Having followed the development process pretty closely I thought I would ask Alan a few questions about the game and it’s development.
Alan: Hi Ben. Well, I’m Scottish and currently live in Aberdeen with my wife and kids. I’ve been programming since I was 11 (and I’ve just turned 35) and I now code for a living doing web development for one of the local universities in C# and ASP.Net.
Ben: Why did you start developing Gun Wing?
Alan: I’ve been wanting to write a game for years, or should I say decades? I’ve tried a few times, but never got very far. Then in the middle of 2005 I rediscovered my old copy of Blitz3D which I’d bought a few years before but had never really got into. I fired it up, realised how easy it was to use and decided to give it go. To be honest the choice of doing a shoot-em-up was more by-default than by-design – it’s one of my favourite kind of games and was a manageable enough undertaking that I thought I could do everything myself and do it to a reasonable standard.
Ben: The art style in Gun Wing is very simple and in a number of ways similar to Geometry Wars on the XBox360, is this intentional and are you worried about comparisons?
Alan: No, it wasn’t intentional. One of the first decisions I made was that the graphics had to be something that I could realistically do myself without too much effort – I know from previous experience that my tolerance for doing art is much lower than for coding. So the graphics had to be 2D and fairly simple, but still nice looking. The main influences on the vector art style that I eventually settled on actually came from discovering Kenta Cho’s games, and my love of Tempest 2000 on my old Atari Jaguar (which no longer works, weep!). Am I worried about comparisons? No, not really. Plenty of games use that style of graphics and the game plays nothing like Geometry Wars anyway.
Alan: As the game developed I’d sometimes find that I’d have to decide between different ways of implementing a feature, such as should shields be usable when you don’t have any power left, or should you lose weapon levels when you lose a life. Often I’d be able to decide which way was the best, but other times I’d decide that each was worth keeping and the way to keep each was to make them available at different difficulty levels.
Ben: I have never found a shoot ’em up that has mouse controls that I’ve liked but yours works very well. Is this control scheme original, and if so what made you think of doing things this way?
Alan: It was original to me at the time, but I’ve since discovered that Jeff Minter’s Grid Runner++, which predates Gun Wing by about three years, uses the same idea of moving the ship towards the mouse cursor at a fixed speed. I’m sure there are probably other examples too.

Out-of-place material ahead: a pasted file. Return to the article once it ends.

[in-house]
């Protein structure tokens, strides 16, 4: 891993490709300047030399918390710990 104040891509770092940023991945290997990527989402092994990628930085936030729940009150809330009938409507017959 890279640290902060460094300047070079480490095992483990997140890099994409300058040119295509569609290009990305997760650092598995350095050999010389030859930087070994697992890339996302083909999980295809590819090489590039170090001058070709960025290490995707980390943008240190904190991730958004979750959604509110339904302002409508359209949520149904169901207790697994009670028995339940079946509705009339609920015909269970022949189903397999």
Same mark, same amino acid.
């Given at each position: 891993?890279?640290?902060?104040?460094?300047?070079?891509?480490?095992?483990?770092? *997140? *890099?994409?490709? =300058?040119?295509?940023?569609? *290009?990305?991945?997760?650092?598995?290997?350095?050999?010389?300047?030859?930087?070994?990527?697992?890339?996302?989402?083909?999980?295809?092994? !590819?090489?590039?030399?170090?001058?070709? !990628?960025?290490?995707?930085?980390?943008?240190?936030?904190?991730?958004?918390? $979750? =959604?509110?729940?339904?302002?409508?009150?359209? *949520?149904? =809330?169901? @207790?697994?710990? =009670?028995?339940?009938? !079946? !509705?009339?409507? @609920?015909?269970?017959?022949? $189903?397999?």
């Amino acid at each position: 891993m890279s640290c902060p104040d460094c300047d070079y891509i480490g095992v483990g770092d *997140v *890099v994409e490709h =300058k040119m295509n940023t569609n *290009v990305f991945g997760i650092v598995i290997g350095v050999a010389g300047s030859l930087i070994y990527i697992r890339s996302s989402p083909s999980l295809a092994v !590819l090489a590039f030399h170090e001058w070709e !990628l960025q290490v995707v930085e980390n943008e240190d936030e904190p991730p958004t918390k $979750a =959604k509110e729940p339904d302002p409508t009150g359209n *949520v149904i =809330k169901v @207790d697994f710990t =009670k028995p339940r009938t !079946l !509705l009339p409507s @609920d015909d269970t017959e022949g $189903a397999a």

Anyway, I decided really early on that I had to make the game work well with the mouse – I though it’d be mad to ignore the simplest and most obvious input device the PC has. I had a look at existing games and realised there were two ways it was being done: one was to “attach” the ship to the mouse position, but that allows you to move much faster than when using keyboard and can lead to you being able to “jump” over enemies and bullets if you move the mouse fast enough; the other was to limit the mouse’s movement to the same speed as keyboard movement, but that leads to the mouse feeling really sluggish which I don’t like. So I decided that the mouse had to feel “normal”, and that the mouse movement should be at the same speed as keyboard movement. From there I did some experimenting and quite quickly came up with the current scheme of free mouse movement with the ship always moving at a fixed speed towards the cursor. And I’m very happy with the results.
Ben: The easier difficulties are very easy, which I think is a great thing, but this seems to go against the general trend in shoot ’em ups for making things for the hardcore audience. Is there a reason for this?
Alan: I guess it stems from the fact that while I love games, I’m also a working parent and just doesn’t have the time to dedicate to becoming “good” at games any more. I just don’t have the time or energy for uncompromisingly difficult games any more – if a game can’t work around my lifestyle then I won’t buy it. So from that standpoint, it just seemed natural to include easy difficulties that were genuinely easy, while still making sure that the game offered some challenge for the more skilled players.